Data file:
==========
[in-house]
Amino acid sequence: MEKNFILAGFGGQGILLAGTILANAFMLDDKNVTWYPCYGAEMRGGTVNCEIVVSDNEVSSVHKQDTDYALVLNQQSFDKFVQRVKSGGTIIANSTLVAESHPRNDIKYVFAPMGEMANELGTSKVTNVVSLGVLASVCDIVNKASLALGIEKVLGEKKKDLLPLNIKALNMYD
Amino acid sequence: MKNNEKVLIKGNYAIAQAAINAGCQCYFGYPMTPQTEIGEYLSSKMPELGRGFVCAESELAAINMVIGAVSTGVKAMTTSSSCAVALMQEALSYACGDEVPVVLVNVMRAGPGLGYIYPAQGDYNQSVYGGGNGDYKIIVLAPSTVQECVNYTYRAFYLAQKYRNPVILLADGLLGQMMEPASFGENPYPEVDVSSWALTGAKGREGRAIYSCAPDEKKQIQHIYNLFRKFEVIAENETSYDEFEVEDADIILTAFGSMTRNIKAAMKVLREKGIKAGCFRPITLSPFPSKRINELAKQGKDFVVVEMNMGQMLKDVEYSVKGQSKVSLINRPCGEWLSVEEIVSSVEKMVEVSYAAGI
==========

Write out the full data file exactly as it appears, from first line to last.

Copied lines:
[in-house]
Amino acid sequence: MEKNFILAGFGGQGILLAGTILANAFMLDDKNVTWYPCYGAEMRGGTVNCEIVVSDNEVSSVHKQDTDYALVLNQQSFDKFVQRVKSGGTIIANSTLVAESHPRNDIKYVFAPMGEMANELGTSKVTNVVSLGVLASVCDIVNKASLALGIEKVLGEKKKDLLPLNIKALNMYD
Amino acid sequence: MKNNEKVLIKGNYAIAQAAINAGCQCYFGYPMTPQTEIGEYLSSKMPELGRGFVCAESELAAINMVIGAVSTGVKAMTTSSSCAVALMQEALSYACGDEVPVVLVNVMRAGPGLGYIYPAQGDYNQSVYGGGNGDYKIIVLAPSTVQECVNYTYRAFYLAQKYRNPVILLADGLLGQMMEPASFGENPYPEVDVSSWALTGAKGREGRAIYSCAPDEKKQIQHIYNLFRKFEVIAENETSYDEFEVEDADIILTAFGSMTRNIKAAMKVLREKGIKAGCFRPITLSPFPSKRINELAKQGKDFVVVEMNMGQMLKDVEYSVKGQSKVSLINRPCGEWLSVEEIVSSVEKMVEVSYAAGI